Reading the poems in Space Walk, one has reason to crave a protective suit. September 11 , the war in Iraq, sexually transmitted diseases, rape, and the lesser traumas of love and family life are all taken on here, frequently in mini-groupings of poems that set off reverberations of meaning and feeling. I suspect Victor Hanson, the designated classicist for neo-conservative warmongering, will not much care for Sleigh's use of Tacitus, Achilles, and other persons from that grand tradition -- though he would be the poorer for it. Sleigh binds his interest in the flexibility of the poetic self to a series of experiments in form -- there are many poems that double in on themselves in odd, slanting ways, complicating that "sentimental blueprint, / lacking depth -- / a ruled axis X and Y / whose illusions / were bearable... / then unbearable..." so many of us carry (Sleigh's ellipses). Many have wondered whether we in the West have "grit" enough for the war on terror, a truly weird question Sleigh inverts: in this war, "our knowledge is the knowledge / of drifting sand, grit in the cupboard, / grit under the bed where a doll's head, / button eyes open, lies forgotten." Sleigh's formal control and classicism give these poems a striking authority.
I do have some reservations about this collection. Bizarrely, "Block and Bag" seems to borrow inspiration from American Beauty: "a little Styrofoam block fiery as Achilles / racing after a plastic bag kiting and billowing / round and round this blah arena." I yield to no one in my admiration for the mythical method, and Sleigh's classicism is an important part of this collection's power, but this is a bit much. And there are other times, when not even Sleigh's interest in self-impersonation can quite extricate him from jams. In "The Breeze," for instance, the speaker sees, or seems to see, the material effects of an improvised explosive device:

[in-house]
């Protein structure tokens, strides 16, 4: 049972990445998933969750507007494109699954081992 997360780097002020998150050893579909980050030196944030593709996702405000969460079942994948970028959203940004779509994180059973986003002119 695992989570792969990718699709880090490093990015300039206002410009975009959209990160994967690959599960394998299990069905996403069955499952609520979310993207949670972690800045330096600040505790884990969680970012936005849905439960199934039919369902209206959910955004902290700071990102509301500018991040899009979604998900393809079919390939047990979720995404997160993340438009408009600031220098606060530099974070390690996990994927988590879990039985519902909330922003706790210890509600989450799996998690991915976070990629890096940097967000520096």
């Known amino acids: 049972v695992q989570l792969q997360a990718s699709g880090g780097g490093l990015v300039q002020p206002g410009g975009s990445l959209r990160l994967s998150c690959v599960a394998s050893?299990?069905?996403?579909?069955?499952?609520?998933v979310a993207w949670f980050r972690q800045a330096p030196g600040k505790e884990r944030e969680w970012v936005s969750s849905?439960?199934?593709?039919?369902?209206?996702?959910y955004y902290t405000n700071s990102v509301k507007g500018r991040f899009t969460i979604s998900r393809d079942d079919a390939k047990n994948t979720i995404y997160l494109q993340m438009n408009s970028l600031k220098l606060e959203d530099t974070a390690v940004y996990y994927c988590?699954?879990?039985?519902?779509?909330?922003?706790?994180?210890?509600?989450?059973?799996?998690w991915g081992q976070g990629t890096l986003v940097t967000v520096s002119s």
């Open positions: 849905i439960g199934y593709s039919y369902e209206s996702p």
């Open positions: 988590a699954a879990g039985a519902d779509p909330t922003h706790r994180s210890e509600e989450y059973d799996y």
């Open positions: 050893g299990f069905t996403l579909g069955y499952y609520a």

...as if the breeze were words the acronyms
spelled out before there were conditions to bring them
to the tongue rooting them in air, letter on letter
opening and flowering -- oh, come off it, fuck it, stop
all this deployment of flowers and figures
to get around what was right there on the ground,
the glistening strangeness of it lying in the sun, skullcap
blown off, thick black luxurious hair of a suicide
bomber, like a wig hung in a well-dressed window...
I'll freely concede that by making this section of the poem turn on a pun on "ground" -- ground as earth and ground as the context for a rhetorical figure -- and by immediately following the "glistening strangeness" with yet another figure, Sleigh tries to signal that he doesn't quite believe in the renunciation of metaphor and, by extension, poetry, that's being demanded here. The problem is that even that dynamic -- where one poetically denounces poetry, thereby winking at the denunciation -- isn't original enough to carry the poem. There are a few other moments like this in the collection (see "Lullaby"), where Sleigh's machinery for self-impersonation creaks a little too noticeably.
Space Walk is a fine collection of poems, particularly when viewed from Sleigh's own criteria of self-impersonation. For these poems' conversation with one another yields that "dissonance of feeling" he values. (For example, tracking the idea of necessity, particularly historical necessity, across these poems, is fascinating.) There are many poems that confound political or social engagement with sheer denunciation; Tom Sleigh offers up a quite different relation to the world.
Space Walk: Poems by Tom Sleigh